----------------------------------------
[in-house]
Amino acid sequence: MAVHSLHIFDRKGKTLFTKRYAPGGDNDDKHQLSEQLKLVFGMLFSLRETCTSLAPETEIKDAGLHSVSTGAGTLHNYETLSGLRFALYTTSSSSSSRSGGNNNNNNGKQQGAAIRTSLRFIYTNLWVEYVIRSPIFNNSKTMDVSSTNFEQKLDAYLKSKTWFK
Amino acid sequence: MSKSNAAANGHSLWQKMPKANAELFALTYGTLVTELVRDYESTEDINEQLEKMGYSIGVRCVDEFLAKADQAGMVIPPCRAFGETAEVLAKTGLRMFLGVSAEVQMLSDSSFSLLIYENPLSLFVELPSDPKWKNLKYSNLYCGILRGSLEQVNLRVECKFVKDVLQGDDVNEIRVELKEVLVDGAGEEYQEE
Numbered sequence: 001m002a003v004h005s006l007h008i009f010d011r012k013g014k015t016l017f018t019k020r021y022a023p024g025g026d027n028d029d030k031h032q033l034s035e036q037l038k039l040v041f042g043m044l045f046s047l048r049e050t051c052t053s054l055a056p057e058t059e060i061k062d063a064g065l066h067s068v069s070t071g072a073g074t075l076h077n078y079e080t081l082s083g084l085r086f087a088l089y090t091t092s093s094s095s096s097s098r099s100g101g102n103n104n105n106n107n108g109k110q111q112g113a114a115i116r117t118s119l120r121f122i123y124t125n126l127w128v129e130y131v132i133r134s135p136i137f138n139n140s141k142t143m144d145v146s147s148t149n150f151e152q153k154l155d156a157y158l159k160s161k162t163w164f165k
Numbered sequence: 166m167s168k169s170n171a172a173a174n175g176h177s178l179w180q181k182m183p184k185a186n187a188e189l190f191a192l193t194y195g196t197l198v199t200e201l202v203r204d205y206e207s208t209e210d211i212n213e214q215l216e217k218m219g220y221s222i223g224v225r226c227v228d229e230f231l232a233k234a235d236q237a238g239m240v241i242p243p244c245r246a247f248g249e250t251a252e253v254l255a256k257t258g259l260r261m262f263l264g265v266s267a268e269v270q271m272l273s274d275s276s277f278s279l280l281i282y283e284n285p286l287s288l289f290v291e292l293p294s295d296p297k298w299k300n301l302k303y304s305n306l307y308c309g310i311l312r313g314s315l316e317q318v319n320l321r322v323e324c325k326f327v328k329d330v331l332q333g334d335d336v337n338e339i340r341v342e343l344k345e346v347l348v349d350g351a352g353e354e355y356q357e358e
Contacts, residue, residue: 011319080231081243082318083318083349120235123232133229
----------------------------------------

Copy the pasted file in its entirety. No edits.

[in-house]
Amino acid sequence: MAVHSLHIFDRKGKTLFTKRYAPGGDNDDKHQLSEQLKLVFGMLFSLRETCTSLAPETEIKDAGLHSVSTGAGTLHNYETLSGLRFALYTTSSSSSSRSGGNNNNNNGKQQGAAIRTSLRFIYTNLWVEYVIRSPIFNNSKTMDVSSTNFEQKLDAYLKSKTWFK
Amino acid sequence: MSKSNAAANGHSLWQKMPKANAELFALTYGTLVTELVRDYESTEDINEQLEKMGYSIGVRCVDEFLAKADQAGMVIPPCRAFGETAEVLAKTGLRMFLGVSAEVQMLSDSSFSLLIYENPLSLFVELPSDPKWKNLKYSNLYCGILRGSLEQVNLRVECKFVKDVLQGDDVNEIRVELKEVLVDGAGEEYQEE
Numbered sequence: 001m002a003v004h005s006l007h008i009f010d011r012k013g014k015t016l017f018t019k020r021y022a023p024g025g026d027n028d029d030k031h032q033l034s035e036q037l038k039l040v041f042g043m044l045f046s047l048r049e050t051c052t053s054l055a056p057e058t059e060i061k062d063a064g065l066h067s068v069s070t071g072a073g074t075l076h077n078y079e080t081l082s083g084l085r086f087a088l089y090t091t092s093s094s095s096s097s098r099s100g101g102n103n104n105n106n107n108g109k110q111q112g113a114a115i116r117t118s119l120r121f122i123y124t125n126l127w128v129e130y131v132i133r134s135p136i137f138n139n140s141k142t143m144d145v146s147s148t149n150f151e152q153k154l155d156a157y158l159k160s161k162t163w164f165k
Numbered sequence: 166m167s168k169s170n171a172a173a174n175g176h177s178l179w180q181k182m183p184k185a186n187a188e189l190f191a192l193t194y195g196t197l198v199t200e201l202v203r204d205y206e207s208t209e210d211i212n213e214q215l216e217k218m219g220y221s222i223g224v225r226c227v228d229e230f231l232a233k234a235d236q237a238g239m240v241i242p243p244c245r246a247f248g249e250t251a252e253v254l255a256k257t258g259l260r261m262f263l264g265v266s267a268e269v270q271m272l273s274d275s276s277f278s279l280l281i282y283e284n285p286l287s288l289f290v291e292l293p294s295d296p297k298w299k300n301l302k303y304s305n306l307y308c309g310i311l312r313g314s315l316e317q318v319n320l321r322v323e324c325k326f327v328k329d330v331l332q333g334d335d336v337n338e339i340r341v342e343l344k345e346v347l348v349d350g351a352g353e354e355y356q357e358e
Contacts, residue, residue: 011319080231081243082318083318083349120235123232133229